Session Time: 5:30pm-7:30pm
Presentation Time: 5:30pm-7:30pm
Location: Hall D1
Lactate dehydrogenase (LDH) is plentiful in renal tubular cells and is released during tubular injury or death. It increases for several days to 1500-2000 U/L after unilateral renal infarction. We measured serum LHD serially in the first post transplant week as a marker of renal distress in 60 sequential transplanted kidneys from living donors (LDKs) (n=20) , standard deceased donors (DDKs) (n=20), or donors after circulatory death (DCDKs) (n=20). All patients received thymoglobulin; DDKs and DCDks received pulsatile perfusion.
LDH was slightly higher on day 1 but varied little in the first post transplant week. It was lowest and usually normal (< 175 U/L) in LDKs, intermittently elevated in DDKs, and highest in DCDKs (figure 1). In deceased donors, higher LDH values were associated with delayed recovery, with a threshold of >300 U/L best differentiating grafts with slower improvement in serum creatinine (figure 2). Day 1 LDH was not influenced by hematocrit, platelet count, KDPI, or donor age. Not incuded were LDH values of 1500-2000 U/L in two patients wih major vascular complications, in one patient with HUS (with thrombocytopenia in all 3), and in one patient with 6 weeks of severely oliguric ATN that eventually resolved. With or without LDH "leak," the daily improvement in GFR in most cases was consistent with a resolving sublethal tubular injury, which was less severe than true tubular necrosis.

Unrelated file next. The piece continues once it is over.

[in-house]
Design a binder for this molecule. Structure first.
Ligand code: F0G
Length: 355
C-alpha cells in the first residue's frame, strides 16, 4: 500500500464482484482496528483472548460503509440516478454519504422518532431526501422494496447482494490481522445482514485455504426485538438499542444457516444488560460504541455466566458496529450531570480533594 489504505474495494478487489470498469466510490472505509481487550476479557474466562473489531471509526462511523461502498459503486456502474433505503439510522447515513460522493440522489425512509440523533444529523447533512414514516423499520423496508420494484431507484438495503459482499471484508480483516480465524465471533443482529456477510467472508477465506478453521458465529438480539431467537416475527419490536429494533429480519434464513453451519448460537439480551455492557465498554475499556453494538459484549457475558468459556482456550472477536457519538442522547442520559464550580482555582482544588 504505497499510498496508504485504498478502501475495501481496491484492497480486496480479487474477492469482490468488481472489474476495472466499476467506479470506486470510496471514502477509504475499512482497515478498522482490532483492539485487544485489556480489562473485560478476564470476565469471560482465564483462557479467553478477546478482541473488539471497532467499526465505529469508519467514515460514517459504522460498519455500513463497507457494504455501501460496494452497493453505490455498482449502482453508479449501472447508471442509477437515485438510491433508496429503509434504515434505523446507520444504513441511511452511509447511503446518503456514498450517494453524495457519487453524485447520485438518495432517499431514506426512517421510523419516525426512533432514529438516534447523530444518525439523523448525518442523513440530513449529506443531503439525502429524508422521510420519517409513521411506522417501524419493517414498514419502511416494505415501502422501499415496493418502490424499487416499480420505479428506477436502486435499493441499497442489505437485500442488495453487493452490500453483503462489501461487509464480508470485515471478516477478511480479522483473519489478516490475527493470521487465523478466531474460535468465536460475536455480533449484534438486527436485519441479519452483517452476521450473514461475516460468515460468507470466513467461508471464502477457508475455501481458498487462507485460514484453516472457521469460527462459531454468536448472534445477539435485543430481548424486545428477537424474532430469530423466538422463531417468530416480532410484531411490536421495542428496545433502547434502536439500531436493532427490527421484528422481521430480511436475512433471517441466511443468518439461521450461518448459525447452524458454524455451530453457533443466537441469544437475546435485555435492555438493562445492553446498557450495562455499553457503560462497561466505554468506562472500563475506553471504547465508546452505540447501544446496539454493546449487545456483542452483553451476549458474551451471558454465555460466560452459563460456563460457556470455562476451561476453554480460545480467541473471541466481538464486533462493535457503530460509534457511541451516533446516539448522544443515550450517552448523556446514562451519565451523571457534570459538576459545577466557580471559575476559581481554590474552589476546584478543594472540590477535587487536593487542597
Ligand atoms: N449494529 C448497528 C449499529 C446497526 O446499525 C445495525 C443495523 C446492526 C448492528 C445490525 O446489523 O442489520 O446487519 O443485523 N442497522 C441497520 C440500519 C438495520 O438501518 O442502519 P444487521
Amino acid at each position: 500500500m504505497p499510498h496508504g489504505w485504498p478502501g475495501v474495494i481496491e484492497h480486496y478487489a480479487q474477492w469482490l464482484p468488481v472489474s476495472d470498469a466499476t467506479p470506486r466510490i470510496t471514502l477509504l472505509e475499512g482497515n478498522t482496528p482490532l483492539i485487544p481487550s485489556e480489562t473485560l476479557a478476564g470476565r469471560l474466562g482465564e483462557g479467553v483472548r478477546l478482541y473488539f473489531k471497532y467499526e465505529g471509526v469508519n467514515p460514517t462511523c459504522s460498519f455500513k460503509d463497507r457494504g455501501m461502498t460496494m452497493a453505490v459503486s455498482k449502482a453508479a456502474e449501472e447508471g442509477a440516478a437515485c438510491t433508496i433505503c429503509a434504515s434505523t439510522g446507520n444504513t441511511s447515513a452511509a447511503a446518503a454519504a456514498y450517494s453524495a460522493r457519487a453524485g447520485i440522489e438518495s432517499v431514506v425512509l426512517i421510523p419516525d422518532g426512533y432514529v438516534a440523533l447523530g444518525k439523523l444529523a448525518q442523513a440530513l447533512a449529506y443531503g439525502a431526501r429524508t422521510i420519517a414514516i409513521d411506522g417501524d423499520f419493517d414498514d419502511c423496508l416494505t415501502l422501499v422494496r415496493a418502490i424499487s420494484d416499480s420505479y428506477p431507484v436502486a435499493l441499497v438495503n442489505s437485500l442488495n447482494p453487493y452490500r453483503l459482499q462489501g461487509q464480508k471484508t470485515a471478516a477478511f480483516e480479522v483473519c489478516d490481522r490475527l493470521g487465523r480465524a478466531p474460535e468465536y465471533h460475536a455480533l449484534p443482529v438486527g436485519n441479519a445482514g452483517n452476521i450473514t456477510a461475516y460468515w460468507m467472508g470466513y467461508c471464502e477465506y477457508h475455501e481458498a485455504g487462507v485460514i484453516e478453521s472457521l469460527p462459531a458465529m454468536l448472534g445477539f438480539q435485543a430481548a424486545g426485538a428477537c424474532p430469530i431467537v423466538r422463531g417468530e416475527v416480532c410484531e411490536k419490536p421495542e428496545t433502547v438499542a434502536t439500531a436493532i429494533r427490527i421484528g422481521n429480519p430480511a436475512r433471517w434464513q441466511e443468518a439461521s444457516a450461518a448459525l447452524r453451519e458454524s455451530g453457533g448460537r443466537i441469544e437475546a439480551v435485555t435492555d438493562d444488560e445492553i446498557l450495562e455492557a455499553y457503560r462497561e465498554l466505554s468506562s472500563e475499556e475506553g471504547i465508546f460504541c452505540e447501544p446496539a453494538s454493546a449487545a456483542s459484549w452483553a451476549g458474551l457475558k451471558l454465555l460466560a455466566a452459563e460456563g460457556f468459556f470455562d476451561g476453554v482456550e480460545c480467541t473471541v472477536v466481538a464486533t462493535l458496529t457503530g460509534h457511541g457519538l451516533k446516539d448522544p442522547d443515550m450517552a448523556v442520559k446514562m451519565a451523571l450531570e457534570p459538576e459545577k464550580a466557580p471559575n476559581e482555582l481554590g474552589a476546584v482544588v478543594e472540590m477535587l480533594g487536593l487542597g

In summary, postoperative LDH was increased in proportion to expected ischemic stress in LD, DD and DCD kidneys. Such stress is usually transient and not severe enough to cause true ATN. Following serum LHD in transplanted kidneys may be analogous to measuring troponin to assess cardiac ischemia. Normal values are good prognostic signs, but major elevations suggest secondary pathology that will delay or prevent recovery.
CITATION INFORMATION: Steiner R, Halldorson J. Postoperative Serum Lactate Dehydrogenase Is a "Troponin-Like" Marker of Renal Transplant Distress. Am J Transplant. 2017;17 (suppl 3).
To cite this abstract in AMA style:Steiner R, Halldorson J. Postoperative Serum Lactate Dehydrogenase Is a "Troponin-Like" Marker of Renal Transplant Distress. [abstract]. Am J Transplant. 2017; 17 (suppl 3). https://atcmeetingabstracts.com/abstract/postoperative-serum-lactate-dehydrogenase-is-a-troponin-like-marker-of-renal-transplant-distress/. Accessed June 6, 2020.
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